- Researchers discovered a new virus in eastern China spread through shrew animals.
- So far, 35 people have tested positive for the “Langya” virus and exhibited symptoms such as running a fever, coughing, and headache.
- The Langya virus has not caused fatalities in any of the patients who contracted the virus.
- Researchers are unsure whether human-to-human transmission is possible with the Langya virus and plan to continue monitoring the situation.
Less than three years after the discovery of SARS-CoV-2, the virus that causes COVID-19, researchers found another virus that spreads from animals to humans. The findings appear in the New England Journal of Medicine.
The Langya virus was detected in nearly three dozen people in the provinces of Shandong and Henan in the eastern parts of the country.
Zoonotic diseases occur when animals spread germs to humans. According to the
Some of the more well-known types of zoonotic viruses include the West Nile virus and rabies.
Additionally, the virus behind the COVID-19 pandemic, SARS-CoV-2, is zoonotic. Scientists found that animal-to-human transmissions took place after SARS-CoV-2 emerged. Since late 2019, the virus has claimed more than 6 million lives.
The new zoonotic virus researchers discovered in China is the Langya virus, which belongs to the henipavirus genus.
Dr. Monica Gandhi, an infectious disease expert, based in San Francisco, spoke with Medical News Today and offered some insight into henipaviruses.
“A family of viruses [has] been classified in the genus called henipavirus, and these are RNA viruses which occasionally cause illness in humans and cross over into humans from animals such as bats or pigs,” Dr. Gandhi explained.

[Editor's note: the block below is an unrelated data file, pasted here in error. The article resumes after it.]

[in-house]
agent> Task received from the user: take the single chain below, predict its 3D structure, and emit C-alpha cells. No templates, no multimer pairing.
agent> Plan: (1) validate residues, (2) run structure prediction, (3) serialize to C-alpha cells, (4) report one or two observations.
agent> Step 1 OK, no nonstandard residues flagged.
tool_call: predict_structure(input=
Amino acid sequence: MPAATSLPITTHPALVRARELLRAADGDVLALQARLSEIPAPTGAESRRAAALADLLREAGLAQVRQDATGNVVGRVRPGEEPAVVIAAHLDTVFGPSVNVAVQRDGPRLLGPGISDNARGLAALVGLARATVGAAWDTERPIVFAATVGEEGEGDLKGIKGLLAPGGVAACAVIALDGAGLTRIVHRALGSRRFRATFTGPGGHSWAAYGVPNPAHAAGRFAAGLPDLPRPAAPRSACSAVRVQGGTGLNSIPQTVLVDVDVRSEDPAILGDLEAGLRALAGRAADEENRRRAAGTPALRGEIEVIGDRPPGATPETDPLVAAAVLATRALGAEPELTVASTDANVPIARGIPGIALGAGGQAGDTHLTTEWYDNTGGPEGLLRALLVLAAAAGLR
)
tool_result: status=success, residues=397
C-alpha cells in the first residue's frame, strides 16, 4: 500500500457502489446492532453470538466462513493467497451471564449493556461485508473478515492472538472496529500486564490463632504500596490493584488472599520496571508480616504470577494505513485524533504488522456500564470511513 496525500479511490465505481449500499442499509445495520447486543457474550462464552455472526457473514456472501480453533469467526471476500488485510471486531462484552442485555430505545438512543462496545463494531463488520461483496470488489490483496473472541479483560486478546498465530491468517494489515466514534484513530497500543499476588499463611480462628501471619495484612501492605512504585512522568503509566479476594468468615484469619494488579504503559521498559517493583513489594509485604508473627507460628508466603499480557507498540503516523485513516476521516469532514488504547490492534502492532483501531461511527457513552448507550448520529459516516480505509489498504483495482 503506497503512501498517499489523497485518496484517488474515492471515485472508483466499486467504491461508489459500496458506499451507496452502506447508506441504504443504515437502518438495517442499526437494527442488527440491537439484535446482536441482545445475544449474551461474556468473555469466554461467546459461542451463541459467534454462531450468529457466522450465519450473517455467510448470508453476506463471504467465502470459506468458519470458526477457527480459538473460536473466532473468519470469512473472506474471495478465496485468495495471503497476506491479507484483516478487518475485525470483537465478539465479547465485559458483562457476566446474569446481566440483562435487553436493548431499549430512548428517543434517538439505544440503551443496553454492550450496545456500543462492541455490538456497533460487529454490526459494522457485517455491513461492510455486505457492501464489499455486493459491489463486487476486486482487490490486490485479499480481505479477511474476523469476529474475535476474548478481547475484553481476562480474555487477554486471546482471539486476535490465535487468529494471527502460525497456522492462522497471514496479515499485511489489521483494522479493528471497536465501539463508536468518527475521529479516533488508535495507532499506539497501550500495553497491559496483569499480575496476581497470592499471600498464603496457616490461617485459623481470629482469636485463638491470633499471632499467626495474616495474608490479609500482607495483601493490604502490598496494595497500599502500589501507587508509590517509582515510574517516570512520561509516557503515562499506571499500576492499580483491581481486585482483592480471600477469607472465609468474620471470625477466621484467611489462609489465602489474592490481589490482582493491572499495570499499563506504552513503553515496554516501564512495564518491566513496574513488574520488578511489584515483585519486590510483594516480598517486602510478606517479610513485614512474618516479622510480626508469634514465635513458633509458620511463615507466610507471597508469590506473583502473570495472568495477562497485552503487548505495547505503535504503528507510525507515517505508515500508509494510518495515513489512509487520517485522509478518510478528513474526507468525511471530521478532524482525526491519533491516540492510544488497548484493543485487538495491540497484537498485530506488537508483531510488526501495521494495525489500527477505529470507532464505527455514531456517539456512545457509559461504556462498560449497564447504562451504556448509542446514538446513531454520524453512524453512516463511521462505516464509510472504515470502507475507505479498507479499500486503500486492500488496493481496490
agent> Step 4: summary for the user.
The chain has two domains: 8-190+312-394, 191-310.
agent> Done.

Dr. Gandhi is a professor of Medicine and Associate Division Chief of the Division of HIV, Infectious Diseases, and Global Medicine at the University of California San Francisco.
Before discovering the Langya virus, researchers had identified five forms of henipaviruses. Of the five, CDC describes Hendra virus and Nipah virus as being “highly virulent emerging pathogens that cause outbreaks in humans and are associated with high case-fatality ratio.”
As part of a program to monitor people who exhibited fevers after contact with animals, officials detected the first person with the Langya virus toward the end of 2018.
Using a throat swab sample, researchers discovered the new virus “by means of metagenomic analysis and subsequent virus isolation.”
After identifying the Langya virus, researchers monitored samples from patients with fevers following animal exposure for the next 2 years. During that time, they detected the Langya virus in an additional 34 individuals.
To determine which animal species was the source of the virus, scientists tested multiple animals for the presence of the Langya virus. They found evidence of the virus in goats and dogs, but the animal that was the primary source of the Langya virus was the shrew.